Is Becky's future occupation more irrelevant, for instance, than next year's capital budget? Next year's capital budget feels very important now, or at least it did last month, but it isn't going to change the course of history in any way. The assumption is that it makes sense to build things, and that is certainly important, unless somebody is going to come along out of nowhere and knock it all down again, and of course the FBI has told us that could happen at any time. So spending an entire morning determining the level of investment in our infrastructure feels a little odd. We might as well do it, though. It is, after all, what we do.

Is Becky's desire to get a better job more irrelevant than the nonsense that takes place on Wall Street every day? One day it's up, based on the innate optimism of the jolly guys. The next day it takes a pounding, thanks to the gloomy, reflective ones who find solace betting against their own economy. What they do is important, of course, very rational and grave and essential, but when you watch CNBC it does sometimes look like a bunch of gerbils running around in a very messy cage, squeaking at each other. The whole exercise feels a little 20th century, doesn't it? But I suppose they might as well do it. It is, after all, what they do.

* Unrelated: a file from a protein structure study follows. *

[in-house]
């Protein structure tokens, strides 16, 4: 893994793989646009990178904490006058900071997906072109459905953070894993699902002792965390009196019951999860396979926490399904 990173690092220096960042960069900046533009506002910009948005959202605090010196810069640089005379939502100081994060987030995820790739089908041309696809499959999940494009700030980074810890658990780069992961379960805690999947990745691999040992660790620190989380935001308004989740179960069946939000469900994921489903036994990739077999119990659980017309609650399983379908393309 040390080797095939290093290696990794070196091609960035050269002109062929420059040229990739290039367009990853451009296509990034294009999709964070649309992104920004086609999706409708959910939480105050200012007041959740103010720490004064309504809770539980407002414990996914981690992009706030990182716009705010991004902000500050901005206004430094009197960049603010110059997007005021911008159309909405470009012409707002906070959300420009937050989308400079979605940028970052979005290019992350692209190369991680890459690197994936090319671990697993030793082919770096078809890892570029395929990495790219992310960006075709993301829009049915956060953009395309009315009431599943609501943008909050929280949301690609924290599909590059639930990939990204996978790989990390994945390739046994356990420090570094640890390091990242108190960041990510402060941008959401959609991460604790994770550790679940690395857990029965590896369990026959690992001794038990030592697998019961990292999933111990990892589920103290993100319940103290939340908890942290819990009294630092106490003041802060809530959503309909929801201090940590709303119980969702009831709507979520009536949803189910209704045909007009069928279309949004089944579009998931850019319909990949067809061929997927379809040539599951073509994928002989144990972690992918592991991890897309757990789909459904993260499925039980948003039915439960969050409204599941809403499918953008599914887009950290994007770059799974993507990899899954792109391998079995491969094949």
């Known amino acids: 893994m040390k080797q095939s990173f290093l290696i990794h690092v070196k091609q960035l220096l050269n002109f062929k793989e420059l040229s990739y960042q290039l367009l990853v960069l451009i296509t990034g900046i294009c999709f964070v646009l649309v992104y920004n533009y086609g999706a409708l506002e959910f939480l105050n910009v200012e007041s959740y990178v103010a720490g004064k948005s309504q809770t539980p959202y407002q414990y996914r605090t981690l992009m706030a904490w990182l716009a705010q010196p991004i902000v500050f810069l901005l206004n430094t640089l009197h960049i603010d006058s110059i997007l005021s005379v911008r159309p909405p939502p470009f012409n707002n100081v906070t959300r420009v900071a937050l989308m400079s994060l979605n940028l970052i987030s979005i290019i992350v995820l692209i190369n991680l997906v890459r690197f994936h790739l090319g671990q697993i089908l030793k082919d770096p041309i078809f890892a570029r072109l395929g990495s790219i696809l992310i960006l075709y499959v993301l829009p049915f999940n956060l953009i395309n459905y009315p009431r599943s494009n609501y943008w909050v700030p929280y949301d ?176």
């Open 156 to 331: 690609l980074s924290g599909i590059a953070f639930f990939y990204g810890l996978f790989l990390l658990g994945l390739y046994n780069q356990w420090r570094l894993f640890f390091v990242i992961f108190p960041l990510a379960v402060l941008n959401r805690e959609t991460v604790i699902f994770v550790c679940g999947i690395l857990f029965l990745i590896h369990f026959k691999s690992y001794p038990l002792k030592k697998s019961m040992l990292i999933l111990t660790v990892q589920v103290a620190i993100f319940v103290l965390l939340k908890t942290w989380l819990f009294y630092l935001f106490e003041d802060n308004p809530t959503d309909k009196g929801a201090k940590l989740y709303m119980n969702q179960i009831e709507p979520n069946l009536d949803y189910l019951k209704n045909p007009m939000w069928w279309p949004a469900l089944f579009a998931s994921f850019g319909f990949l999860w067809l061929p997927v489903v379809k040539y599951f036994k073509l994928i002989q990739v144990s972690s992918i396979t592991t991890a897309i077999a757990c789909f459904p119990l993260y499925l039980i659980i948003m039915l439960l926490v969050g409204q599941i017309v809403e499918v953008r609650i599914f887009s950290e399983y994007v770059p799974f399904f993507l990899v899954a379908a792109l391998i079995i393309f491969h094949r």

Is Becky's resume less important than what Jack Welch is doing? I saw him on television last week. He was in a bookstore talking with a bunch of fans. Jack, as any reader of this magazine knows, has a book out that recounts the events of his life as an American success story and provides insights about management, too. It was written at the turn of the millennium and is focused on the issues that seemed important then, many of which, of course, are eternal. Much of the planned promotional hoopla was derailed after Sept. 11, but now Jack Welch is back. He's out there pumping and thumping, because ... well, if you had a book, wouldn't you want it to be a success? I would. You have a book. You go out and sell it. It's what you do.